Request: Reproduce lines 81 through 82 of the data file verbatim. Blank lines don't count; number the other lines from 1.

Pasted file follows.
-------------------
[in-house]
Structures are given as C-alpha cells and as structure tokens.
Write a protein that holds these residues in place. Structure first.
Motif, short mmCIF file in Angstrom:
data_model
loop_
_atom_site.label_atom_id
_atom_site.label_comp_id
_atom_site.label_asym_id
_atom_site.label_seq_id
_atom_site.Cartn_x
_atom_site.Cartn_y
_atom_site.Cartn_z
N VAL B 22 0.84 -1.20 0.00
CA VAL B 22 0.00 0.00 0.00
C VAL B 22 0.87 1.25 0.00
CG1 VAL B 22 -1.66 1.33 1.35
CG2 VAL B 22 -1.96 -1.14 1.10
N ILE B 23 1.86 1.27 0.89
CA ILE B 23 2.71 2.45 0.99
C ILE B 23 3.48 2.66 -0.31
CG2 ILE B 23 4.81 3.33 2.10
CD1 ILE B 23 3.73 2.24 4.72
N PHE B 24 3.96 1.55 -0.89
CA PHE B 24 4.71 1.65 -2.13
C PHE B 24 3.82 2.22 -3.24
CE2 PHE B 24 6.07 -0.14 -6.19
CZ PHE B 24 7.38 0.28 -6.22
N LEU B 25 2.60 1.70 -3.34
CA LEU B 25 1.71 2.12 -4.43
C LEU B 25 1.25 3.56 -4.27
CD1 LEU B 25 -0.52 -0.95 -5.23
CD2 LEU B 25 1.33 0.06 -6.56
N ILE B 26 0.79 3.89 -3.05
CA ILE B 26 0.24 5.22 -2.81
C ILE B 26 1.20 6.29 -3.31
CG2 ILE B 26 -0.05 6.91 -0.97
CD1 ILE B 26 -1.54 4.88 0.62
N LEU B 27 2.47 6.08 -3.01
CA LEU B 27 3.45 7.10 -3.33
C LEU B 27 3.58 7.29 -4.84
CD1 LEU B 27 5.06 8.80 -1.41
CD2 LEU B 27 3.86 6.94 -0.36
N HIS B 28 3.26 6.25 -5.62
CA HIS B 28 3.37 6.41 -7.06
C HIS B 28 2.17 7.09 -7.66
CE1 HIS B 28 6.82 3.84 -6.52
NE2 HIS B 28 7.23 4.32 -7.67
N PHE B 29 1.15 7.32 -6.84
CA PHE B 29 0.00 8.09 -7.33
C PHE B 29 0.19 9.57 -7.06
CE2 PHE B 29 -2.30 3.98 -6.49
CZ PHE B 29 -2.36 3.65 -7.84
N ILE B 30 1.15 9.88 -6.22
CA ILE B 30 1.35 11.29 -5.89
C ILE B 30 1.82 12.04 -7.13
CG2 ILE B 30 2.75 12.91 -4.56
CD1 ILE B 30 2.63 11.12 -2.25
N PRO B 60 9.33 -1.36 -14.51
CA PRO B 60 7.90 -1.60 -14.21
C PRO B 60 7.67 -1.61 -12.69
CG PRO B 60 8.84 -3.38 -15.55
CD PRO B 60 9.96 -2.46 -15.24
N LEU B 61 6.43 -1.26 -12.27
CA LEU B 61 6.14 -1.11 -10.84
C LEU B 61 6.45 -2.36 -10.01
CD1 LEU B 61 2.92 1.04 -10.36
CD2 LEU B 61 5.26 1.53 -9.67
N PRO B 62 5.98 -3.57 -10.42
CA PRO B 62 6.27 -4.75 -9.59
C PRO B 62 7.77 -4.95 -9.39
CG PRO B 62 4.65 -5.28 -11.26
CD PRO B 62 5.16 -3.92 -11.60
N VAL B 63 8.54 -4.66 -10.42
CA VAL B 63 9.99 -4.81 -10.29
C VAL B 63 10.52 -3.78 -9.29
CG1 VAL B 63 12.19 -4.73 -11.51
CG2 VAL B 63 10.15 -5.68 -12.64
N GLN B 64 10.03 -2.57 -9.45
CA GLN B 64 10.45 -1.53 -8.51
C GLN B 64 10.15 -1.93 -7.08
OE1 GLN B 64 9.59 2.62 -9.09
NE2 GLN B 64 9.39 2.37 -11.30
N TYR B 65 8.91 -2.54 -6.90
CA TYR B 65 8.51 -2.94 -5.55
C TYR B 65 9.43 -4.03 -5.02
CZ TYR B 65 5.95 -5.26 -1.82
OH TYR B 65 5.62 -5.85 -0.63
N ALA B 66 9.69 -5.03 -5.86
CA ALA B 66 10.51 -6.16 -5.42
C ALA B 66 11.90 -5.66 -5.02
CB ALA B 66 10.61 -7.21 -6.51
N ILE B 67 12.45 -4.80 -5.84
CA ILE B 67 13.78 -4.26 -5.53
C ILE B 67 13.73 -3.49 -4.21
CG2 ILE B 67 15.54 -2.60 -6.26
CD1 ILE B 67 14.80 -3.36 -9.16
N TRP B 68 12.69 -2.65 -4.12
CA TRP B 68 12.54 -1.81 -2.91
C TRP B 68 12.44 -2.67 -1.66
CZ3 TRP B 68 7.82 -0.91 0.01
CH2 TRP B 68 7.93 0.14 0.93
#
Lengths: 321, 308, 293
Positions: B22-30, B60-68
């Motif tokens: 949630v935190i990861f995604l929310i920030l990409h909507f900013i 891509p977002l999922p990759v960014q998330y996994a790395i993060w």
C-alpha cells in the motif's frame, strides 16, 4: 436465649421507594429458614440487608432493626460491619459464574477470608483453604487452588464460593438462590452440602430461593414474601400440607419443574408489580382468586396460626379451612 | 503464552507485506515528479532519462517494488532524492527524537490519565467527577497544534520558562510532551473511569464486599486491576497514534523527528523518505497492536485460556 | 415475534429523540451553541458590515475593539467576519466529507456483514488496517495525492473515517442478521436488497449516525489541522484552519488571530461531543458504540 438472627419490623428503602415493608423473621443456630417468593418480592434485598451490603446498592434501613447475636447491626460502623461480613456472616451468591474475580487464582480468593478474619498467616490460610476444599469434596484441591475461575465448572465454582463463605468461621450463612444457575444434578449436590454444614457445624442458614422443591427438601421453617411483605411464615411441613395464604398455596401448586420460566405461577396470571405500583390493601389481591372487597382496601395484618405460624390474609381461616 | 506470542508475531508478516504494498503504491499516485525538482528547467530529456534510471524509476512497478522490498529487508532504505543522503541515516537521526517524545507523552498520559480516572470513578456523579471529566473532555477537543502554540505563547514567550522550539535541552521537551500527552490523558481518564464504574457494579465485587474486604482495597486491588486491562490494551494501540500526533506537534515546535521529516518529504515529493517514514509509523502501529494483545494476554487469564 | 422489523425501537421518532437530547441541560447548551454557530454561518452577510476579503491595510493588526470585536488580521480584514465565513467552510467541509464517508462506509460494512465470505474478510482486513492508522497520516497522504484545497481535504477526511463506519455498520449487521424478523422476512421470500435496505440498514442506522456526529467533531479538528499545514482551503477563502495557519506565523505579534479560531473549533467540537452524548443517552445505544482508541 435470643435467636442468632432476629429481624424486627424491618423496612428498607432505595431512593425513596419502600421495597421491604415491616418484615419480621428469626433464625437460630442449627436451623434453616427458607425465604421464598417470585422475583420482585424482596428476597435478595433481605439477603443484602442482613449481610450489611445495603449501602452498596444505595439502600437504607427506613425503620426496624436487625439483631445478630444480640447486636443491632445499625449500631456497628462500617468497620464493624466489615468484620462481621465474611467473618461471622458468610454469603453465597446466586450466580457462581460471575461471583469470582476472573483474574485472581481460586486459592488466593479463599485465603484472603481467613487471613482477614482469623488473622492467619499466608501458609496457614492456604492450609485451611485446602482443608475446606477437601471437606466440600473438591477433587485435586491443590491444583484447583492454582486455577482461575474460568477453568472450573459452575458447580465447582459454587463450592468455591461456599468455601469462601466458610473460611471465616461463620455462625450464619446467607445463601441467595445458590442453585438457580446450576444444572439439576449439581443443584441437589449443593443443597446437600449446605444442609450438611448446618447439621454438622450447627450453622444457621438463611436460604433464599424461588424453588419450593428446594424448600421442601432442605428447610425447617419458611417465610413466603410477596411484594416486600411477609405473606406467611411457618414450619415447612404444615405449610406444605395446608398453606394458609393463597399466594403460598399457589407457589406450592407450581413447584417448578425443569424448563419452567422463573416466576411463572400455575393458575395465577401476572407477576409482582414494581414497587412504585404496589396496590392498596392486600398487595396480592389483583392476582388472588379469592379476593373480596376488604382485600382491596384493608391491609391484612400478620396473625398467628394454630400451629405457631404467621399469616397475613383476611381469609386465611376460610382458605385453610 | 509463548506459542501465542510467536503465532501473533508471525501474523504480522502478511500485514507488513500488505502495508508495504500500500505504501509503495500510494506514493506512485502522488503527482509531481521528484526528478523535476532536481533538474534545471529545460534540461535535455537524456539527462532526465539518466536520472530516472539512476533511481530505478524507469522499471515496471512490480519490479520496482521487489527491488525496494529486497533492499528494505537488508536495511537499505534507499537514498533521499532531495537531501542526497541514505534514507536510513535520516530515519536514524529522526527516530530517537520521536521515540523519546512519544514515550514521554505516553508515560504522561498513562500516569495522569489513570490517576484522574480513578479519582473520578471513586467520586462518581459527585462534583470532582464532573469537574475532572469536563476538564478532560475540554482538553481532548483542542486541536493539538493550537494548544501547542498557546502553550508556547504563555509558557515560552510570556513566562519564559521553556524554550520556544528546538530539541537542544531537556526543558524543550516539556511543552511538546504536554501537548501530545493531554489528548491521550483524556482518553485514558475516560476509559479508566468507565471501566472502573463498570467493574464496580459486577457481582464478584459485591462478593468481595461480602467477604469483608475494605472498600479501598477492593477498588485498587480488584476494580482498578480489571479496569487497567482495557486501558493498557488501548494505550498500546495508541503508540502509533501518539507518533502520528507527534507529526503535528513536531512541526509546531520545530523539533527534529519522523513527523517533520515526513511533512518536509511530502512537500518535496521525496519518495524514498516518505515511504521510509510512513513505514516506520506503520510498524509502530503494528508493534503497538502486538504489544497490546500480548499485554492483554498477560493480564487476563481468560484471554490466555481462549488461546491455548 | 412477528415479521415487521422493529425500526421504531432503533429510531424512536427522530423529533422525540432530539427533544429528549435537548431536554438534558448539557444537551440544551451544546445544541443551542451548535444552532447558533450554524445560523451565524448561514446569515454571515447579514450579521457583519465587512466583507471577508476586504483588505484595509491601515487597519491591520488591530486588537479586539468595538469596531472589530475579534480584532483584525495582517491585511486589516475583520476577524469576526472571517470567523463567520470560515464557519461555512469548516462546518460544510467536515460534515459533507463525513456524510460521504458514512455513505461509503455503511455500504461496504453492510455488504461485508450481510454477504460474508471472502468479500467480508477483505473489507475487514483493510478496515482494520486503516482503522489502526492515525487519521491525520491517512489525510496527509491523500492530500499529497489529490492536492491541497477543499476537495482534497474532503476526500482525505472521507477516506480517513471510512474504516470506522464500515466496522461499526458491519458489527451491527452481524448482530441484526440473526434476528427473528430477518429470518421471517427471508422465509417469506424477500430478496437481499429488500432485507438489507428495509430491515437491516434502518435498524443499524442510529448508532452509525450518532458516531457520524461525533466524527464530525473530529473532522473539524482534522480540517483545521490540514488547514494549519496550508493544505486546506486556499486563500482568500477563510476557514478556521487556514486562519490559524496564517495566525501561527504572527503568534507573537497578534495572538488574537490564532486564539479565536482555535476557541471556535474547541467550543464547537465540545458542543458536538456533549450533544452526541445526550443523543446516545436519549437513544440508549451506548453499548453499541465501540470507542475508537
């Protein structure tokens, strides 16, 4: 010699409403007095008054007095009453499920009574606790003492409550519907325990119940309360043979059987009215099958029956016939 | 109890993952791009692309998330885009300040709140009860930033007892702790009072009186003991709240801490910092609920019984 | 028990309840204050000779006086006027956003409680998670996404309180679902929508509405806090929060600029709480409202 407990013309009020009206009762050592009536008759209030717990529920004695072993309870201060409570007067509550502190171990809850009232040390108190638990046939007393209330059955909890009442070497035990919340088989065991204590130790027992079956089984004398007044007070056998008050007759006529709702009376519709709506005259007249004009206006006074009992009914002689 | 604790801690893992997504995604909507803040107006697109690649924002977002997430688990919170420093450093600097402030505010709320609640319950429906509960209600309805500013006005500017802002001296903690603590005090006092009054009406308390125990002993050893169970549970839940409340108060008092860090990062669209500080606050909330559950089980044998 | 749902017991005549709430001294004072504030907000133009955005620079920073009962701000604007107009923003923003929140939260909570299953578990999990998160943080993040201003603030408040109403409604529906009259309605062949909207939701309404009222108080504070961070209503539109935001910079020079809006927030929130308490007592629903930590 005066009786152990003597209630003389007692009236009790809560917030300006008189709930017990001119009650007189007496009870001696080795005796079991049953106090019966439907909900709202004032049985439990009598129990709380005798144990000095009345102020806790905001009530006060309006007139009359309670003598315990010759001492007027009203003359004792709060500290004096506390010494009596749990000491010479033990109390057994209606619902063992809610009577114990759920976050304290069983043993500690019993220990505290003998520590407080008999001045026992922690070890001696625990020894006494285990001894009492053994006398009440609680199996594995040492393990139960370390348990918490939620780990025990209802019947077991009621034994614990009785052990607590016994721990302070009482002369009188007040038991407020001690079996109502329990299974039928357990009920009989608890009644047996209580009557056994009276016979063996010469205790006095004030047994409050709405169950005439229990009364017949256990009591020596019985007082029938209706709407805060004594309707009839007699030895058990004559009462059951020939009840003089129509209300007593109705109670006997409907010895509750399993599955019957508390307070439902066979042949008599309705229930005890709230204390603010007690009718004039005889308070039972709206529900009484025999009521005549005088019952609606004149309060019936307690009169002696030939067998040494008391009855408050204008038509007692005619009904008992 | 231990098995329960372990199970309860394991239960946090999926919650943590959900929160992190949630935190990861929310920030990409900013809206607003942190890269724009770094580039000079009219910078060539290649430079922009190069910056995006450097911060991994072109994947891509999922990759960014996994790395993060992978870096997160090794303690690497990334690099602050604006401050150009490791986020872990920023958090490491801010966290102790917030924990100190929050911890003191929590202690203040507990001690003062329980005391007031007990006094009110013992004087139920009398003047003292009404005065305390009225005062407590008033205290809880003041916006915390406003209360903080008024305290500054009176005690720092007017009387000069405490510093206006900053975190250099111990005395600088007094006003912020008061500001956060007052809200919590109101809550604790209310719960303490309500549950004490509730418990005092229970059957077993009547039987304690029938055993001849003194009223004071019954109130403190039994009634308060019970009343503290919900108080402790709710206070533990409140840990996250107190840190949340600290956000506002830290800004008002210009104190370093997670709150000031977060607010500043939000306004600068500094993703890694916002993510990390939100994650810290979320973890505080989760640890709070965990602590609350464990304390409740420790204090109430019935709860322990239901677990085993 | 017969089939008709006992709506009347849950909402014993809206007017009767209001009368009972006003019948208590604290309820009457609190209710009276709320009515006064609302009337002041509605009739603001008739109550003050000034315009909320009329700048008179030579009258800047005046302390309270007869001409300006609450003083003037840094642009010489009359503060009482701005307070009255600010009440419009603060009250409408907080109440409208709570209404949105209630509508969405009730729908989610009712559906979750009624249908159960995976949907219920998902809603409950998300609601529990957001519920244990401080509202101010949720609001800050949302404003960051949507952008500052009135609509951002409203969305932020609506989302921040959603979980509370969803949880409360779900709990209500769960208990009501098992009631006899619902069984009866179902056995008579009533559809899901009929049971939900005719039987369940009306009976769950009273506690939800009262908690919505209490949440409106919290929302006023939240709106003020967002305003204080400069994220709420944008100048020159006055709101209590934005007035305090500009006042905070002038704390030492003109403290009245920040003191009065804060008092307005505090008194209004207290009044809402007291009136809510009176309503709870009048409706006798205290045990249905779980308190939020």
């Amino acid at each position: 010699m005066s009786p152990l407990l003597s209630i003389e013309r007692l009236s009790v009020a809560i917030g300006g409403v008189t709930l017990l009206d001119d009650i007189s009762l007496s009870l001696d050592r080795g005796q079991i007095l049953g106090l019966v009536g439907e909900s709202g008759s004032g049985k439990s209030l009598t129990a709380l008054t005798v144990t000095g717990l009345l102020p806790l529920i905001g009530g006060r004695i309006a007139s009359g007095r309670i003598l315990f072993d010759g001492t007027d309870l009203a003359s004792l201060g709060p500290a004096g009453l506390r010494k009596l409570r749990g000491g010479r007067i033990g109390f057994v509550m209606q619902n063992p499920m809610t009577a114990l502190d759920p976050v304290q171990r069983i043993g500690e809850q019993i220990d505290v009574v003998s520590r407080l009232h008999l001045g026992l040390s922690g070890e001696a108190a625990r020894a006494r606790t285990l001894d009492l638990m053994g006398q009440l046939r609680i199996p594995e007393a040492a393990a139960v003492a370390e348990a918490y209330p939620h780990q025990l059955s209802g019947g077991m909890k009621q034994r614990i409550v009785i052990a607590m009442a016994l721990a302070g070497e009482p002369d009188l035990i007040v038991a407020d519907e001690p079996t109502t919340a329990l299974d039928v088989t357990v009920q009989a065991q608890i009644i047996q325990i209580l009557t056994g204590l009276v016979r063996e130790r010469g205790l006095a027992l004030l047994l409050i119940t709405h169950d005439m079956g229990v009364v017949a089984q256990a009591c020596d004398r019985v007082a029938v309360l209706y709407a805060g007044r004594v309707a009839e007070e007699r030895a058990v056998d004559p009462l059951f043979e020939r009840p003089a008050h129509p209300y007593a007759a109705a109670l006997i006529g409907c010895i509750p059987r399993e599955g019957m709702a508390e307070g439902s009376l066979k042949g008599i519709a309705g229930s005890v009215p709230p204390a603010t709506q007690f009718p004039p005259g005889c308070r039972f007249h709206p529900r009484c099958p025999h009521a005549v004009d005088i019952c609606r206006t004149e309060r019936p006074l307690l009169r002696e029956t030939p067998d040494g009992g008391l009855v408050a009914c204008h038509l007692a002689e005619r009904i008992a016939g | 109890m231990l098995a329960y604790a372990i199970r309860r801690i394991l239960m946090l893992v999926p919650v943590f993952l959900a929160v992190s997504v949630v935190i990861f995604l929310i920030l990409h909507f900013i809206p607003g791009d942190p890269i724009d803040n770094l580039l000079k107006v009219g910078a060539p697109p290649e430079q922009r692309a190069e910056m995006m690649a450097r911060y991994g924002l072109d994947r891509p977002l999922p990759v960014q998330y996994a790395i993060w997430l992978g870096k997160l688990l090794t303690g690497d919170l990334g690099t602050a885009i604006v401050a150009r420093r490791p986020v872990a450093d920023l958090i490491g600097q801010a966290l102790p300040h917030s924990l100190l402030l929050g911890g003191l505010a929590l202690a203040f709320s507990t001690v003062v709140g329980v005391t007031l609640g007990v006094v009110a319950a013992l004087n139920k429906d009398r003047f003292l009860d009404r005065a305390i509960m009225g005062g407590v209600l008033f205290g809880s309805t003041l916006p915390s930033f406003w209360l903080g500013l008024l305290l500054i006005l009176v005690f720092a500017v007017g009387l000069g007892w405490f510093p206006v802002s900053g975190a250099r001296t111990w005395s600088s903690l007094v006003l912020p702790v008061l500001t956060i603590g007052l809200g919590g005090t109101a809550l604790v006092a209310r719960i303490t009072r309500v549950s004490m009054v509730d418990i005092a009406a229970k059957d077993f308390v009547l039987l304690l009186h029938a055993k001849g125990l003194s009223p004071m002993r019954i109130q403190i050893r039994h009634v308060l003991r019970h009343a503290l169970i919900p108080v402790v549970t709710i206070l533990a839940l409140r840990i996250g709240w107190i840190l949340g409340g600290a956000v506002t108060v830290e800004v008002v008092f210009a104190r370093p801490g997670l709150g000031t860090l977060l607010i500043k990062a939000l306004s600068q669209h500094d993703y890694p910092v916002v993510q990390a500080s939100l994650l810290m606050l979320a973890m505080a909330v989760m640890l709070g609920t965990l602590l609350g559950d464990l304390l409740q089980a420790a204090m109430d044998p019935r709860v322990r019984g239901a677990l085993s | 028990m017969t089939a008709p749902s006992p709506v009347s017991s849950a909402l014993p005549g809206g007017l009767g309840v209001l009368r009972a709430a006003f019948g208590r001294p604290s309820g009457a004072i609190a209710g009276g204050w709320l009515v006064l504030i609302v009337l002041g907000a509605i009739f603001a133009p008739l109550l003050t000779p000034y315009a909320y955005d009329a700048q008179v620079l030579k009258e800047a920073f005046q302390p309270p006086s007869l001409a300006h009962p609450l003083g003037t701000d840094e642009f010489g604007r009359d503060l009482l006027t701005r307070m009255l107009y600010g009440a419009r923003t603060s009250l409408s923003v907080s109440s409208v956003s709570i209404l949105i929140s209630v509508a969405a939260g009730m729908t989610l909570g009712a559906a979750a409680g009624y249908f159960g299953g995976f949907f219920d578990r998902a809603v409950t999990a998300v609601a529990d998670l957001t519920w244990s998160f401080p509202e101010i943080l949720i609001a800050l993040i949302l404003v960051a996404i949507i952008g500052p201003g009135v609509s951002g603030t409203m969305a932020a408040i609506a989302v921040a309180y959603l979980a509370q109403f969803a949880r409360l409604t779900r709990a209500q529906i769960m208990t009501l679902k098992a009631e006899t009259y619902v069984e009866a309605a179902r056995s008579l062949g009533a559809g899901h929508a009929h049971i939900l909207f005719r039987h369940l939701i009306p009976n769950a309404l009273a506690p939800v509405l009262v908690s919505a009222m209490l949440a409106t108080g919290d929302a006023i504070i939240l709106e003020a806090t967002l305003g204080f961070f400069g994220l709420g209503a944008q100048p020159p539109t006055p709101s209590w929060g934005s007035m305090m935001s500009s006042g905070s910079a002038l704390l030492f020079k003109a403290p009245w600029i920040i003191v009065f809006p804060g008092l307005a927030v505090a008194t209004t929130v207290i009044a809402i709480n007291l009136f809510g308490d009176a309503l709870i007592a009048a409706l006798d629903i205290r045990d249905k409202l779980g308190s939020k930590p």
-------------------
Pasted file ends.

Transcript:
C GLN B 64 10.15 -1.93 -7.08
OE1 GLN B 64 9.59 2.62 -9.09